• Special-called tourism and city council meetings Thursday

    The Lebanon Tourist and Convention Commission will be having a special-called meeting at 5 p.m., Thursday, Oct. 29, to discuss and possibly approve a Lebanon water tower project that’s been in the works for quite some time. The commission has contracted with an artist to paint a mural on the water tower signifying Marion County as the home of Maker’s Mark Distillery.

  • Law does not provide for a Social Security cost-of-living adjustment for 2016

    With consumer prices down over the past year, monthly Social Security and Supplemental Security Income (SSI) benefits for nearly 65 million Americans will not automatically increase in 2016.

  • Cleaning up Marion County

    In the past nine years, the county has cleaned 18 dumpsites, and that work continues today, Marion County Solid Waste Coordinator Keith Brock told the Marion County Fiscal Court during its Oct. 1 meeting.
    “We’ve about cleaned this county up,” Brock said.
    The first dumpsite that was cleaned was the one located at Scott’s Ridge in Raywick. More recently, Brock inspected three illegal dumpsites near Gravel Switch, which the court approved cleaning during Thursday’s meeting.

  • Fiscal court to meet this afternoon


  • City, police sued over use of pepper spray

    A civil lawsuit has been filed against the City of Lebanon, the Lebanon Police Department, Lebanon Police Chief Wally Brady and Lebanon Police Officers for an incident involving pepper spray that took place at the 2014 Marion County Country Ham Days Festival.
    The lawsuit was filed on Sept. 15 in the Marion Circuit Clerk’s Office.

  • Council approves 2015-16 tax rate increase

    The Lebanon City Council approved the city’s 2015-16 tax rates recently.
    Monday, Sept. 7, the council voted 4-1 to exceed the compensating tax rate by levying a proposed tax rate of 20.40 cents per $100 of assessed value on real property, 25.15 cents per $100 of assessed value on personal property and 24.33 per $100 of assessed value on motor vehicles. Kate Palagi cast the only no vote.
    During a public hearing prior to the council’s special-called meeting on Sept. 7, there were some questions from the audience.

  • Citizens: Nuisance ordinance needed

    Concerned citizens attended the Marion County Fiscal Court meeting Sept. 3 and asked magistrates to consider drafting a nuisance ordinance that would address property eyesores and potential health hazards throughout the county.
    Julie Peake, who has lived on Tatum Lane in Lebanon for more than 20 years, said if the county doesn’t do something soon, things are going to get out of hand.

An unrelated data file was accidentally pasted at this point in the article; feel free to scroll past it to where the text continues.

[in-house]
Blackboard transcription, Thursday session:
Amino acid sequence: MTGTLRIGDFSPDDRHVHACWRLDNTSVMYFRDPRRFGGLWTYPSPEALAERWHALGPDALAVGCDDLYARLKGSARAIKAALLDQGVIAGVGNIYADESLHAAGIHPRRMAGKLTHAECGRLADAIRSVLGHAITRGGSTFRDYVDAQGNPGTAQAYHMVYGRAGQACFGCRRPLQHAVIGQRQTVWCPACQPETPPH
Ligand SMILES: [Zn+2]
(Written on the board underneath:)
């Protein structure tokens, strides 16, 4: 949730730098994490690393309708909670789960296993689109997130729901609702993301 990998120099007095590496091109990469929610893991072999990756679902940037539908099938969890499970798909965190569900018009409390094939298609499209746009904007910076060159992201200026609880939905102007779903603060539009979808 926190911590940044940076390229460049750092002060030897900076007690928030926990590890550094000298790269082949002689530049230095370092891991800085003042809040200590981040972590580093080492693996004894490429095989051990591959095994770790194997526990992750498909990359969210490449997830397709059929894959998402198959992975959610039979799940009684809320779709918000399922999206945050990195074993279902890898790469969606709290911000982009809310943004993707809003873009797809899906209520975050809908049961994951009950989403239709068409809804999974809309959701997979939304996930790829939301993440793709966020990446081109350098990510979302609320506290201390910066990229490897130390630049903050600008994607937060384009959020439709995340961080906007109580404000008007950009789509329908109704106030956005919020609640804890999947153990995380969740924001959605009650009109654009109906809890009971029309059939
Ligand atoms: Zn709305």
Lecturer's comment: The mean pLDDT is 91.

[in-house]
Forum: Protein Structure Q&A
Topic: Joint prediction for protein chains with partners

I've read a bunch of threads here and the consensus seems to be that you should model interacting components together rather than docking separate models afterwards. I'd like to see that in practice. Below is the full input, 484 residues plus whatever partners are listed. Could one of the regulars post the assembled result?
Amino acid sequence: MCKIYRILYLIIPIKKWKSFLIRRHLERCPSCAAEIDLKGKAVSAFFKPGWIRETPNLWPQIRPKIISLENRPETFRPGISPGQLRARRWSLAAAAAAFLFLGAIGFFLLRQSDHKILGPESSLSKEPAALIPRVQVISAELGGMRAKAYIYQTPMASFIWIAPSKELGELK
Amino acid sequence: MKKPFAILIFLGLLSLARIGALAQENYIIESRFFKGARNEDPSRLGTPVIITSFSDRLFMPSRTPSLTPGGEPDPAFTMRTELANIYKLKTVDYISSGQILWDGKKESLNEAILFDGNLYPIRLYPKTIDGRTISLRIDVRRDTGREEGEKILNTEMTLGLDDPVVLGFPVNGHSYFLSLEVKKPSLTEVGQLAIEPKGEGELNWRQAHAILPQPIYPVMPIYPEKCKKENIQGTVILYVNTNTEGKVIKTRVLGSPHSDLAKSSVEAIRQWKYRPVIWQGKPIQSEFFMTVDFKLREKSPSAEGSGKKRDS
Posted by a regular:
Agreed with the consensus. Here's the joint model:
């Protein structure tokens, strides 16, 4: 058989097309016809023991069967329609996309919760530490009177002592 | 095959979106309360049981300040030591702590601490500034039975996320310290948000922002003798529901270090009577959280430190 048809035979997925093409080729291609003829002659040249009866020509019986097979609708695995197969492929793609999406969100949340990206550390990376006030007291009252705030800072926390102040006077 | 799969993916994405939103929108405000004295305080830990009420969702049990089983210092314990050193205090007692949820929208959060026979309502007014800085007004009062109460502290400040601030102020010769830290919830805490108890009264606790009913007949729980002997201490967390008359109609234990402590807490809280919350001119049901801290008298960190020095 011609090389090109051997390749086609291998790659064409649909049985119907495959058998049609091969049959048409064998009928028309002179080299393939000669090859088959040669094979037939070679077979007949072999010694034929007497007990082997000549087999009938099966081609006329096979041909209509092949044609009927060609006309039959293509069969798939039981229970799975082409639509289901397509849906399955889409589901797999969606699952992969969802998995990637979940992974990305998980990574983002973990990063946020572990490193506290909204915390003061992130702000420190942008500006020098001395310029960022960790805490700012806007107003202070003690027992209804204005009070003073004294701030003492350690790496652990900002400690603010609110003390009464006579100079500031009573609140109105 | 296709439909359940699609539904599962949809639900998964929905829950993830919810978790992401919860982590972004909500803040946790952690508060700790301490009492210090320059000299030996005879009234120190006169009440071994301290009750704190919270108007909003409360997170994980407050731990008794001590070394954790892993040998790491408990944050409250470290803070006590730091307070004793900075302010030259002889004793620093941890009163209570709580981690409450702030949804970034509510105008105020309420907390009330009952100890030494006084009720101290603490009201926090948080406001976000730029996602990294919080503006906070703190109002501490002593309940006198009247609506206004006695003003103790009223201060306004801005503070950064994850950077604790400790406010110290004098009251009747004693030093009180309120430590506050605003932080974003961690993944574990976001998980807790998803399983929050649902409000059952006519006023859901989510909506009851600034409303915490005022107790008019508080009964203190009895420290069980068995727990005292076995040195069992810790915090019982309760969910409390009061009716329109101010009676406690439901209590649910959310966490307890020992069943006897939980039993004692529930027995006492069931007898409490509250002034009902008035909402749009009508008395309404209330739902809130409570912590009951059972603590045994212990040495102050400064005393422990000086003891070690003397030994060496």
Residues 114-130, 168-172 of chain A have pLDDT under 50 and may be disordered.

“We need to commit to doing something as a community before we become a shanty town,” she said.

  • Farmers share pipeline experiences with legislators

    After a brief introduction by State Representative Terry Mills, Gene Lanham, a farmer from Gravel Switch, moved closer to the microphone. He shared with state legislators how pipeline companies have treated him and how their work over the years has impacted what he can do on his own property.
    He remembered the first natural gas pipeline was put installed on his family’s property during the 1940s.

  • Sen. Jimmy Higdon named KACCS Legislator of the Year

    Kentucky State Sen. Jimmy Higdon, R-Lebanon, has been named the Kentucky Association of Career Colleges and Schools (KACCS) 2015 Legislator of the Year.
    Sen. Higdon, the Senate Majority Caucus Whip and a member the Senate Education Committee, received the award during the KACCS 2015 Educational Conference and Annual Meeting, held Aug. 20 at the Sullivan University College of Pharmacy in Louisville.

  • Citizens to discuss concerns regarding land use at fiscal court meeting

    The Marion County Fiscal Court will be having its regular monthly meeting at 4 p.m., today, Thursday, Sept. 17.
    The agenda includes:
    • Julie Peake, Alton Tatum and Greg Nugent and other concerned citizens will be in attendance to discuss some concerns they are having with land use, deed restrictions and their views on how county ordinances could help in Marion County.
    • Department reports
    There will be a public hearing at 5 p.m. for the consideration of the acceptance of Windy Hill Drive into the county maintenance system.